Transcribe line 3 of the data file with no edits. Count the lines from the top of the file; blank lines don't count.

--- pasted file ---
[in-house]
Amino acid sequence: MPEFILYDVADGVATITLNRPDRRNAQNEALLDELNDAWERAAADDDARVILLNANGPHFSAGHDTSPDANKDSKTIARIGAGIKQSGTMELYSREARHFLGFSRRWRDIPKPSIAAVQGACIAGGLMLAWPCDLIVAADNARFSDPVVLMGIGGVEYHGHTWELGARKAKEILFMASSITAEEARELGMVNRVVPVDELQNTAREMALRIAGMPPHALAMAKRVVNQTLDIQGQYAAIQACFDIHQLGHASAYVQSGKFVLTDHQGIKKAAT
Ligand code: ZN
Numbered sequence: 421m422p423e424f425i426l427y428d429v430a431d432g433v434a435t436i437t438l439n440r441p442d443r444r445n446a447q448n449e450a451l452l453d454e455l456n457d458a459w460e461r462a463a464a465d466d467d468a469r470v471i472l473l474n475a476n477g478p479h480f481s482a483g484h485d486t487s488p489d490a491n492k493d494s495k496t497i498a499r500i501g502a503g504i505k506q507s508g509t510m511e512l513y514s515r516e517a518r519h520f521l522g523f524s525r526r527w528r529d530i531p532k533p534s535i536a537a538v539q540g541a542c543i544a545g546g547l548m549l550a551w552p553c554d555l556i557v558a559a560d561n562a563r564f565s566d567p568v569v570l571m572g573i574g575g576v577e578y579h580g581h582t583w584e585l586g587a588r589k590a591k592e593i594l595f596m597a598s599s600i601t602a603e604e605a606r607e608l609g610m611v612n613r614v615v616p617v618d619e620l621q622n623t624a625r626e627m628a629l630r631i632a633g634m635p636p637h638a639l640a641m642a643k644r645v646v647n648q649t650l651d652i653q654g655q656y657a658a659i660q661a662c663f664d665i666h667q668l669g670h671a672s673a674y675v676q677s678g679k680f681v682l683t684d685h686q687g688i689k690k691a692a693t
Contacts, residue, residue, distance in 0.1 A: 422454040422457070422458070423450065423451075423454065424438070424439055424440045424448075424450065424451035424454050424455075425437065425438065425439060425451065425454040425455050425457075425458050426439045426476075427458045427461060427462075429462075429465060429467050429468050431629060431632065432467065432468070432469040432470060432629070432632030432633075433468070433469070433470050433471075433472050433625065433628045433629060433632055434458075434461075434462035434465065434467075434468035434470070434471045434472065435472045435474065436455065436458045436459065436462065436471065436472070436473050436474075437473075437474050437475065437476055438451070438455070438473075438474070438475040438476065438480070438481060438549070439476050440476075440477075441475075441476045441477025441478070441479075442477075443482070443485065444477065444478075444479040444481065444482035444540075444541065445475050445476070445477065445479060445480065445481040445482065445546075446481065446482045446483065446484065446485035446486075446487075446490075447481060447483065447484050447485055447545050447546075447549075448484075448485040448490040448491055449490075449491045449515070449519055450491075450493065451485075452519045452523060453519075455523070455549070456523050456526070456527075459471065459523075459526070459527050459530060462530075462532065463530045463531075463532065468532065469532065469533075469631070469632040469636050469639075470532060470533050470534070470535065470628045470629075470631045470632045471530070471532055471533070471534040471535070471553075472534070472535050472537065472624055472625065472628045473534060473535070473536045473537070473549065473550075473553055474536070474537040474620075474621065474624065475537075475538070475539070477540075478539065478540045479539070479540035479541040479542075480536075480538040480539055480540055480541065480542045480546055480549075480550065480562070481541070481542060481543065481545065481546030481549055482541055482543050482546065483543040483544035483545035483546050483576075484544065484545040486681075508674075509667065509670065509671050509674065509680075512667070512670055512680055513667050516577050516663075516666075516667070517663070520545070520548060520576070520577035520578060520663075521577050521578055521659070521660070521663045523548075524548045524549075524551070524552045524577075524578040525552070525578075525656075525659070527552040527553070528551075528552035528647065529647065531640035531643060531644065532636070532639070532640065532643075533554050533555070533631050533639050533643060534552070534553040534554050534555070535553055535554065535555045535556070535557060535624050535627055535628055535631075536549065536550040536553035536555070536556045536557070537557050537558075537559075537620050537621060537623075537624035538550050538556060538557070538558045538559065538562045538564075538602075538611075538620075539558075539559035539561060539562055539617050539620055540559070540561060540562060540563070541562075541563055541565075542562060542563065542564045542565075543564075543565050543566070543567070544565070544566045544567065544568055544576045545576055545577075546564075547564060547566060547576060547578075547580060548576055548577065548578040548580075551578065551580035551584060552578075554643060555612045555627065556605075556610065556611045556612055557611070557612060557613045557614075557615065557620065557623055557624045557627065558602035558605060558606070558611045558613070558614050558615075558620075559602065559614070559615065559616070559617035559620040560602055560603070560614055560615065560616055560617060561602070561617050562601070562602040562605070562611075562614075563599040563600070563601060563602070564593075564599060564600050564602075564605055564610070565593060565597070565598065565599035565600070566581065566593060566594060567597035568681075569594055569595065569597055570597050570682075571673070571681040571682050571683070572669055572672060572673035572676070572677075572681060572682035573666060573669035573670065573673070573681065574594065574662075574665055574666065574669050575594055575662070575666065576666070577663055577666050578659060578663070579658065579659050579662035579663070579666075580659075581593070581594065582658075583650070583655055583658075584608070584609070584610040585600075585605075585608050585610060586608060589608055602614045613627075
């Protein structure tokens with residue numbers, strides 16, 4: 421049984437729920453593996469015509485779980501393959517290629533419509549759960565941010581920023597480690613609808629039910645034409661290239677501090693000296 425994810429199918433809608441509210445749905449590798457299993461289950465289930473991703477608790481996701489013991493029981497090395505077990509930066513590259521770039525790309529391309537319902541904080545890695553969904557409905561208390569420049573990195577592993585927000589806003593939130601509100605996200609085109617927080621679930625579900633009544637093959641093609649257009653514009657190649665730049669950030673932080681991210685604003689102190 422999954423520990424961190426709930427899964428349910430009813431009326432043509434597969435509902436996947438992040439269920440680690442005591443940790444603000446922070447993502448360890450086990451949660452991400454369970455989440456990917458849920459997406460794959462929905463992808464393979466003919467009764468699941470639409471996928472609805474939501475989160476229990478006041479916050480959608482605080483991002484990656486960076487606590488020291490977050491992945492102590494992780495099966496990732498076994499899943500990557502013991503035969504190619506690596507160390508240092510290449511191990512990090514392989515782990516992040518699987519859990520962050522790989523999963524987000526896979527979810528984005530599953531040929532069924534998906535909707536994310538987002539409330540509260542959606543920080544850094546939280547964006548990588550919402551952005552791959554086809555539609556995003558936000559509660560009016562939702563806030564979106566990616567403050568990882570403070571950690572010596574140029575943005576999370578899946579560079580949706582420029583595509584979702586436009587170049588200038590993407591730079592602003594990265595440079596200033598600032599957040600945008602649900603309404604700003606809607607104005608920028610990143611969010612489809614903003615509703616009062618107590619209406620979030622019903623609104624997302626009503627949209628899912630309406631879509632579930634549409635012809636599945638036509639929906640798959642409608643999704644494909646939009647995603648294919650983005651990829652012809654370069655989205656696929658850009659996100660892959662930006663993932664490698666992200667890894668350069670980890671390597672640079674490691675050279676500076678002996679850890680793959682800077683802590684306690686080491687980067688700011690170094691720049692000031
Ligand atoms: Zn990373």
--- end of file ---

Ligand code: ZN